Learn how schools can teach religious tolerance -- and stay within constitutional bounds.
The separation of church and state is a complex issue, one with which our nation's courts and citizenry continue to grapple. In public schools, however, it essentially boils down to a single rule: Don't promote a specific religion, show favoritism for one faith over another, or even promote religion in general over atheism. Teaching students about diverse faiths and their influences on societies and cultures is constitutional, indoctrinating students or encouraging them to participate in faith activities is not.
The following publications offer detailed guidelines on the "do's and don'ts" of religion in public schools.
Religion and Public Schools
Americans United for the Separation of Church and State offers a joint statement of existing law, signed by groups as diverse as the Baptist Joint Committee and the American Humanist Society.
Finding Common Ground: A Guide to Religious Liberty in Public Schools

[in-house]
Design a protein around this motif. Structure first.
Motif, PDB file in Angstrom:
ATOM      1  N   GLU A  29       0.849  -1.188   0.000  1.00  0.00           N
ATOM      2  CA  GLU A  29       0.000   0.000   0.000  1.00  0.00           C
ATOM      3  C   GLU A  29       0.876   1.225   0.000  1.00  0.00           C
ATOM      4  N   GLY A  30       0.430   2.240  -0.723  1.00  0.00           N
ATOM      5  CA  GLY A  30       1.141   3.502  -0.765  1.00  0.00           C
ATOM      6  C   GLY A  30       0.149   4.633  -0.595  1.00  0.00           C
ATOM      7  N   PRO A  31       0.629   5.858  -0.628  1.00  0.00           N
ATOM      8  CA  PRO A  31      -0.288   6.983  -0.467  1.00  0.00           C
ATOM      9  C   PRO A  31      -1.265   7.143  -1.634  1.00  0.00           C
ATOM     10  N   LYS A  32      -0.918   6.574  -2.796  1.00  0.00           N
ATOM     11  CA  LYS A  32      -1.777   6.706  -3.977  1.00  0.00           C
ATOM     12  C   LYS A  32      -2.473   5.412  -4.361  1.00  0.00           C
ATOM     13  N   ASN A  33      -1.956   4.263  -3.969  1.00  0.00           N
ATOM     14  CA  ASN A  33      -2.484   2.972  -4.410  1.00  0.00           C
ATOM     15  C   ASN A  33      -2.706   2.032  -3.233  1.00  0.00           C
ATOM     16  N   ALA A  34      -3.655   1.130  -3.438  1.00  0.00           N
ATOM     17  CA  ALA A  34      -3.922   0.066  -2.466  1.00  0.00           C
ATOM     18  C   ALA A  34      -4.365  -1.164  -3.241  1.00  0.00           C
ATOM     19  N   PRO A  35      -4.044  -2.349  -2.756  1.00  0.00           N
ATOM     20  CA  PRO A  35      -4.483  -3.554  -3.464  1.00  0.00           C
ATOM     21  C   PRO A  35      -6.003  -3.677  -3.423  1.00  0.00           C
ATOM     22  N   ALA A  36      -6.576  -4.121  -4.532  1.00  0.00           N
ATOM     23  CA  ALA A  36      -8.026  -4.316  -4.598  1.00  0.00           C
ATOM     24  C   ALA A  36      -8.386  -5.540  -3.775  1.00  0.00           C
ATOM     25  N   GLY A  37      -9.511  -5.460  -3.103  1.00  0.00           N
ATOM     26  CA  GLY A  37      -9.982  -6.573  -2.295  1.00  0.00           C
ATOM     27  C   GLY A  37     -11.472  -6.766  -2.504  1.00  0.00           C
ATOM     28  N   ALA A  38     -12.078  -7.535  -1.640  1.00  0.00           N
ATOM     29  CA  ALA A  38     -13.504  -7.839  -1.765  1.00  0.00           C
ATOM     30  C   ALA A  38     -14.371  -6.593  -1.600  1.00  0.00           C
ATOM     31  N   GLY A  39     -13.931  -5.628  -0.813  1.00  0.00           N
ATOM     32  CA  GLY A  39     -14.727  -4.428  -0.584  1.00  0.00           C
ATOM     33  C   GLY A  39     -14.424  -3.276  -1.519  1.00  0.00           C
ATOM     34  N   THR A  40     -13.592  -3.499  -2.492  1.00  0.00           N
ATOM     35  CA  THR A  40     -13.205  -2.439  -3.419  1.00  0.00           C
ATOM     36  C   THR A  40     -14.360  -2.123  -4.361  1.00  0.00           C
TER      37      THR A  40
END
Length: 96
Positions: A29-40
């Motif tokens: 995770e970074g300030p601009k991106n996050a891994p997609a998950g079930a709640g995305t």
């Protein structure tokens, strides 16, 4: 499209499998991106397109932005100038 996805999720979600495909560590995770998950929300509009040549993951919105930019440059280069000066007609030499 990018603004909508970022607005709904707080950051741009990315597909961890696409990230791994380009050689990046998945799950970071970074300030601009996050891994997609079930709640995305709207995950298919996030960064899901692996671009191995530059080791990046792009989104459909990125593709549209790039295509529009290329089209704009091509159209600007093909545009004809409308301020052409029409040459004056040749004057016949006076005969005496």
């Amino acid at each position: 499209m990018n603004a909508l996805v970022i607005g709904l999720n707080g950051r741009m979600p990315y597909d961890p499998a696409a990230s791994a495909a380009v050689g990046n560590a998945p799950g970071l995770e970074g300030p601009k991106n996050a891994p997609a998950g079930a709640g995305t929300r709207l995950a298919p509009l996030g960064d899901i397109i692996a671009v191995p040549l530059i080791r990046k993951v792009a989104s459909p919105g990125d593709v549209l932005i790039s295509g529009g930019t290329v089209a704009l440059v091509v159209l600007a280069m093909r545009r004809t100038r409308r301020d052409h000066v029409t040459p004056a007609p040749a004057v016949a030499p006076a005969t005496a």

This downloadable guide from the Freedom Forum focuses on the rights and responsibilities of schools, educators, students, parents/guardians and communities.
Religion in the Public Schools
This robust guide from the Anti-Defamation League tackles everything from school prayer to holiday observances to religious clubs.
Religious Liberty in the Public Schools: FAQs
The First Amendment Center offers advice on an array of questions, including "May religious scriptures be used in a public school classroom?" and "How should teachers respond when asked about their religious beliefs?"